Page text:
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Taliban, Civilians Killed In Afghan Air Strike


A person injured in the airstrike in Kunduz is treated at a local hospital.
A person injured in the airstrike in Kunduz is treated at a local hospital.

An Afghan air strike on a suspected Taliban gathering in the northern province of Kunduz has caused dozens of casualties, including among civilians, officials said.

Abdul Hameed Hameedi, a local police official, said the strike in the Dasht-i Archi district outside Kunduz city on April 2 hit a gathering of Taliban fighters preparing an operation, killing at least 15 and wounding 10.

A representative from the Taliban leadership council based in the Pakistani city of Quetta was visiting when the air strike took place, and civilians were among those killed, he said, without providing details.

Eyewitnesses told RFE/RL that around 50 people were killed and more than 100 wounded, most of them civilians.

The Afghan military claimed in a statement that the strike killed at least 15 Taliban militants, including Mullah Beryani, the senior Quetta Shura member. It said 10 people were wounded and no civilians were killed.

The United Nations Assistance Mission in Afghanistan (UNAMA) said it had dispatched a team to the area to look into "disturbing reports of serious harm to civilians.”

Afghanistan's House of Elders, the upper house of parliament, also decided to send a fact-finding commission to Kunduz to investigate.

The strike came during the time of year when the Taliban usually announces an annual spring offensive, stepping up attacks in its 16-year war against U.S. forces and the government in Kabul.

Dasht-i Archi has been largely under the control of the Taliban since 2015, and there was conflicting information given to the media about casualties from the April 2 air strike.

Some witnesses and local officials said the strike hit a mosque or madrasah where a graduation ceremony was taking place, and dozens of civilians were killed and wounded.

Mawlawi Abdullah, a provincial council member from Kunduz, told the dpa news agency that around 50 to 60 people were killed when the strike hit a madrasah, or religious school, where Taliban members and civilians had gathered for a graduation ceremony.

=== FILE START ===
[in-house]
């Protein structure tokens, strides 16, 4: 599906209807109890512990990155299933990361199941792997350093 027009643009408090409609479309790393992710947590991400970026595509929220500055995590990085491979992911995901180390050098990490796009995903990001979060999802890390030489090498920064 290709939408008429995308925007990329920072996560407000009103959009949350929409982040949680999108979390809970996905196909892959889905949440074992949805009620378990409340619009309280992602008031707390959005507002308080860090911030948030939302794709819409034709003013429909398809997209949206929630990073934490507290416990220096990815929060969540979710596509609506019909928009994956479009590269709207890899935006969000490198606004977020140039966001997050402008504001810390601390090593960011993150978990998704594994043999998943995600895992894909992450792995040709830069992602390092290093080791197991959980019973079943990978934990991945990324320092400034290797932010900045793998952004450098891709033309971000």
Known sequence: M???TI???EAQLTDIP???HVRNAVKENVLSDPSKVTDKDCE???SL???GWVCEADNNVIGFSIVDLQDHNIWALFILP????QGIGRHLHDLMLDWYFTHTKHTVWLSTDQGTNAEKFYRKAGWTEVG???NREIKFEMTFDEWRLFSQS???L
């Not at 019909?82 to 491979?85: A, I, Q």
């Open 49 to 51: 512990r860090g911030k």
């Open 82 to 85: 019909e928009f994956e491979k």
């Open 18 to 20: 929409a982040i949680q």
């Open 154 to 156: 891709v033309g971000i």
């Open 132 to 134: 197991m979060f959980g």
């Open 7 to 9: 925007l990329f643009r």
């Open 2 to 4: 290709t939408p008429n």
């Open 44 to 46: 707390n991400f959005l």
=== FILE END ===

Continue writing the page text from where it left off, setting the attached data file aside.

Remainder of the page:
A security official told the AFP agency that the Taliban was planning for its annual spring offensive in the madrasah and held the meeting there in hopes of avoiding air strikes.

A statement from the Taliban said the strike killed 150 religious scholars and civilians and denied that any of its forces were present.

A spokeswoman for U.S. forces in Afghanistan said none of their personnel were involved in any air strikes in the area.

Afghanistan's fledgling air force has accelerated bombardments in recent months as the United States under a new strategy announced last year has beefed up the country's aerial capability with more aircraft and better weapons.

Building up the nascent Afghan Air Force has been a major priority for the U.S.-led NATO mission in Afghanistan, and Kabul's air corps has had increasing success in supporting ground forces.

The Afghan Air Force recently dropped its first laser-guided bomb on a Taliban compound in the western province of Farah, where the militants have gone on the offensive.

But the incident in Kunduz highlighted one of the risks of the greater use of Afghan air power under the new U.S. strategy, the stated aim of which is to try to force the Taliban to the negotiating table.

Civilian casualties caused by the air strikes have risked undermining public support for the campaign.

Recent figures from the United Nations have shown a rise in the number of civilian casualties caused by air strikes in Afghanistan.

The UN said the Afghan Air Force was responsible for about half of the 630 civilian casualties caused by air strikes last year.

With reporting by AFP, dpa, and Reuters

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